Wednesday, October 30, 2013

A Post from the Conscious Shopper (Have you missed me?)

I had an epiphany as I was walking to the boys' school one afternoon last week. Purely out of laziness, we have only walked to or from school a handful of times this school year, but that afternoon the sun poked out from behind the gloomy grey clouds and began to call my name. A few minutes later, with my body preoccupied by the rhythm of putting one foot in front of the other, my mind slipped into deep thoughts. And then I realized: "This is why I haven't felt like writing!"

Let me share some of the thoughts I had last week. I came across a blog post about ways parents make raising kids harder than it should be (for example, giant birthday parties), and while I agree completely with her point, I have a bone to pick with the part where she talks about buying organic. She says something like (and I'm completely paraphrasing from memory), "I get that eating organic food is best for our health, but do we really need organic everything? Organic diaper bags? Do we really need the bags we store our poopy diapers in to be organic? Are we eating them later?"

Okay, yes, it's funny. But it so completely misses the point! And it's a "missing the point" kind of statement that I hear all the time. Health is one reason to choose organic products, but it's not the only reason. In fact, the science is still out on whether or not organic food is actually healthier than non-organic. You can find studies to support either side. Personally, I think it's logical to assume that if we use chemicals on our crops with the specific intent to kill other living creatures, it can't be very good for our own bodies.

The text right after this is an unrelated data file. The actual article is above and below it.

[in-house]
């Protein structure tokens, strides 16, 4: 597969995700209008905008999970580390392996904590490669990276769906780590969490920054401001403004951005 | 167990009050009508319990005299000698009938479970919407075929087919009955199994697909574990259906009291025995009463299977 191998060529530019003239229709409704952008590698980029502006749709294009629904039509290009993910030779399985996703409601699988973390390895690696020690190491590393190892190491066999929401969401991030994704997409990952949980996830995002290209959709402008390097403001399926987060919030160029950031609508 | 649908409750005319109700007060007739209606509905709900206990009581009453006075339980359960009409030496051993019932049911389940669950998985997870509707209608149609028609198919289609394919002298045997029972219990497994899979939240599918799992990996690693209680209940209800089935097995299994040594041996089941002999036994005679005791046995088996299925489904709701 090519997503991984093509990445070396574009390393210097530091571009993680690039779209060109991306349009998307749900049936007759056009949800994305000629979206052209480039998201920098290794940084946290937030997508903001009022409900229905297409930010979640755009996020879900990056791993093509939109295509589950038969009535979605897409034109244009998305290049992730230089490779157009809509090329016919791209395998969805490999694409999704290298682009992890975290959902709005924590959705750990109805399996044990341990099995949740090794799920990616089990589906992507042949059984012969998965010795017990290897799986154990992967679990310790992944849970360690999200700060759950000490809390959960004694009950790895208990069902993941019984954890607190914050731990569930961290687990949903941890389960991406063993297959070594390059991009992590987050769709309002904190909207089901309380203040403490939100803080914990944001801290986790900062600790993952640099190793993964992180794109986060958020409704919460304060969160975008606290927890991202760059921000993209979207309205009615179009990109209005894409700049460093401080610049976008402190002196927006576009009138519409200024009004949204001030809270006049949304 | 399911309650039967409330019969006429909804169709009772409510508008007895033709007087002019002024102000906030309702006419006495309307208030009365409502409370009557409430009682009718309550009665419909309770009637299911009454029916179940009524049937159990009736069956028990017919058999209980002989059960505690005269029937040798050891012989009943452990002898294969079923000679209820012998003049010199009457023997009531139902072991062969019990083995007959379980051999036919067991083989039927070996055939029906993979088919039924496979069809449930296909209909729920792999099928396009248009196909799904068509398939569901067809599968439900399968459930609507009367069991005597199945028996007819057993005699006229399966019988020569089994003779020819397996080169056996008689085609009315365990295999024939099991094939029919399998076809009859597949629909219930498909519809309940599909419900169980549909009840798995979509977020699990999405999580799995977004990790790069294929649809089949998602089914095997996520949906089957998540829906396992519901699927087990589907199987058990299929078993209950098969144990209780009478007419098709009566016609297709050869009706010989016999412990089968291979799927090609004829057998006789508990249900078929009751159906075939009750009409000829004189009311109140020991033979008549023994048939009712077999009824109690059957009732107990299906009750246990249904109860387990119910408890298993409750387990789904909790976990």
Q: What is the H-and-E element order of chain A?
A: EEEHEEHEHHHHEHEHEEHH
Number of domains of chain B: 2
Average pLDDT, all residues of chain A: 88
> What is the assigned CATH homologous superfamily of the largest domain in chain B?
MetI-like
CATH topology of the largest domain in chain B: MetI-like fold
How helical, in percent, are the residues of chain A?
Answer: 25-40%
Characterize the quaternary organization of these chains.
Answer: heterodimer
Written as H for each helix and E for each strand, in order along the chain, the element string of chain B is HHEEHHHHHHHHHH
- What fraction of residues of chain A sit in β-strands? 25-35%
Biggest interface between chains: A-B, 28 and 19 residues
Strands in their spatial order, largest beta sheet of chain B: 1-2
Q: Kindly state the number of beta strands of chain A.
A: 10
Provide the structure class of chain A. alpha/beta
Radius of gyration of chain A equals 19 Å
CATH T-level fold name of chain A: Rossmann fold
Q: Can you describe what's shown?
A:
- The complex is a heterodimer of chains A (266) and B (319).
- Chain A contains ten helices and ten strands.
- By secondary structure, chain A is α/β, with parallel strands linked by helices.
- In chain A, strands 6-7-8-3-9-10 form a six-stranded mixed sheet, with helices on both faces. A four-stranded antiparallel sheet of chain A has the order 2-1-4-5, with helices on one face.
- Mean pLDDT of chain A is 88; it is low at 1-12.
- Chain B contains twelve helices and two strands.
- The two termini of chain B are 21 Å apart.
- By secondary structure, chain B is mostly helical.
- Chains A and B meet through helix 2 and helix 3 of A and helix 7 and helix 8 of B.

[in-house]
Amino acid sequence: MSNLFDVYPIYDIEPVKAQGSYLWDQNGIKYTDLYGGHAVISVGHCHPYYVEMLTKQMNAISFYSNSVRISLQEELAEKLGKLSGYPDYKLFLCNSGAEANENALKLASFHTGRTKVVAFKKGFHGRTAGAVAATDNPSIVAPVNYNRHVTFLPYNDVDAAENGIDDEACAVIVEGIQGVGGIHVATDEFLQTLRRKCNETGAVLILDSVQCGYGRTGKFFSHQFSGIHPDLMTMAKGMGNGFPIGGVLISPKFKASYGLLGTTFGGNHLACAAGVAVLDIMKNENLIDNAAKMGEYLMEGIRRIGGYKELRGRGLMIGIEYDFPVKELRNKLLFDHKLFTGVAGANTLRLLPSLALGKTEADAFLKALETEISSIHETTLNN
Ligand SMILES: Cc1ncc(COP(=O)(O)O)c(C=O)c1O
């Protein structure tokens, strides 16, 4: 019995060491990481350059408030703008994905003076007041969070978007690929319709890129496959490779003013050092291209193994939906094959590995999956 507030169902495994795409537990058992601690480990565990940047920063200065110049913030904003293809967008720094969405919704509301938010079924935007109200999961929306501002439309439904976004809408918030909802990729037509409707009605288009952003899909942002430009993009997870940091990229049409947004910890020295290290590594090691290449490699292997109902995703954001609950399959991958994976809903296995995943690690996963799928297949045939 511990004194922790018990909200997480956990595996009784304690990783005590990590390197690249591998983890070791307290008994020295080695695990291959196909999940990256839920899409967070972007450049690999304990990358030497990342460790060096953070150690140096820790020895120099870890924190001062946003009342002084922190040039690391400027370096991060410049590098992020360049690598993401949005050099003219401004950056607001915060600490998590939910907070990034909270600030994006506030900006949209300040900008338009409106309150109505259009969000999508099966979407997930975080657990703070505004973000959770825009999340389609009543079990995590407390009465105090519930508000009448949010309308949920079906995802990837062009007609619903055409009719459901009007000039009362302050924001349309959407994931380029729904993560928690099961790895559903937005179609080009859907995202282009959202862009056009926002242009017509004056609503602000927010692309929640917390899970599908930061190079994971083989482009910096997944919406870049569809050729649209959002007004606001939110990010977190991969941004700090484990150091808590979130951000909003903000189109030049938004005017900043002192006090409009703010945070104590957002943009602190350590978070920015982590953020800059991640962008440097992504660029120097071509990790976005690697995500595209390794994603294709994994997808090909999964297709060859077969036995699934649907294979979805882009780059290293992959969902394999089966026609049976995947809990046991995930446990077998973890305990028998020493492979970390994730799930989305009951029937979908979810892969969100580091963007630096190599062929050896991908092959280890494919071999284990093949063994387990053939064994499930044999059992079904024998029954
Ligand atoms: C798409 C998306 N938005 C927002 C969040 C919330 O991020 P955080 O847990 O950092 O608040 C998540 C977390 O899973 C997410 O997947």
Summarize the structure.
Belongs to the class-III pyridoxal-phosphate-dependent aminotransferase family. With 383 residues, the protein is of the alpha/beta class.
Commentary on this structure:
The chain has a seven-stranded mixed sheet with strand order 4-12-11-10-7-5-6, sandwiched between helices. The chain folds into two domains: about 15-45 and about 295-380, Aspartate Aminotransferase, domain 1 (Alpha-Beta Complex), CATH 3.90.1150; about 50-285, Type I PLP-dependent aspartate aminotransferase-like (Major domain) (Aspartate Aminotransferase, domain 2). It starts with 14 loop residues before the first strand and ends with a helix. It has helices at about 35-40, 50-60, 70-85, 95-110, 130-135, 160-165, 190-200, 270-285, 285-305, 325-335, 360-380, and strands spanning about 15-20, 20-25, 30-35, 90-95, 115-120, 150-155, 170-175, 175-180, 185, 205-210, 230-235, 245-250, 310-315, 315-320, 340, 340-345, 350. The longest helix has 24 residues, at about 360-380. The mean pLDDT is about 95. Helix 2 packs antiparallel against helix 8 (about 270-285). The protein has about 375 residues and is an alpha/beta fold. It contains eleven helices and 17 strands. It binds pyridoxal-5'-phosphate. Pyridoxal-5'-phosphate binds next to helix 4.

But health is not the only reason to choose organic!

I put that in big, bold font just in case that's the only sentence you read in this entire blog post.

Back in 2009 (four years ago!), I wrote a post called "Seven Reasons to Eat Organic," and since I'm lazy (see first paragraph above), I'm just going to quote myself here:

1. Organics protect soil quality. Years of monocropping and intensive use of synthetic fertilizers depletes soil quality and leads to massive topsoil erosion. On the other hand, sustainable farming methods generally used by organic farmers - such as rotating crops, planting cover crops, and composting - protect and replenish the nutrients in soil.

2. Organics protect water quality. Chemical fertilizer run off causes algae overgrowth, leading to huge ocean "dead zones" (areas where the water on the ocean floor has so little oxygen that marine life can no longer survive there). Scientists estimate that there are now 400 dead zones in the ocean, covering a combined area half the size of California. Additionally, chemical pesticides and intensive livestock farming contribute to water pollution.

3. Organics promote biodiversity. Industrial farming focuses on a handful of crops, choosing the varieties that are hardiest and stand up to shipping rather than those that taste best. Many organic farmers, on the other hand, grow a variety of plants, including heirloom varieties with interesting colors, textures, and tastes.

4. Organics support small farmers. Although more and more large, industrial-type farms are becoming certified organic, most organic farms are still small-scale, independently owned, and family run. Keep in mind that not all farmers that use organic farming techniques are certified organic. Becoming certified is a cost many struggling small farmers can't afford. So ask your local farmers about their methods for pest control and fertilization, focusing more on sustainability and less on certification.

Another reason, which I did not include in my original post: Organic farming is less harmful to the people who work the farms and the people who live around the farms.

I have to admit that not much of what I buy these days is organic. Over the past few years, our health insurance premiums have gone up, our taxes have gone up, and our kids have gotten bigger, and that has meant tightening the budget more and more. Organics are expensive - I admit it. I buy organic when I can, and when I can't, I focus on other ways to be green and don't beat myself up about it. But I'm aware of why buying organic is an important goal to have, and for me, it has very little to do with my own personal health.

Organic farming is part of living sustainably, of protecting and cherishing this planet that we live on, and of respecting the people who grow our food.

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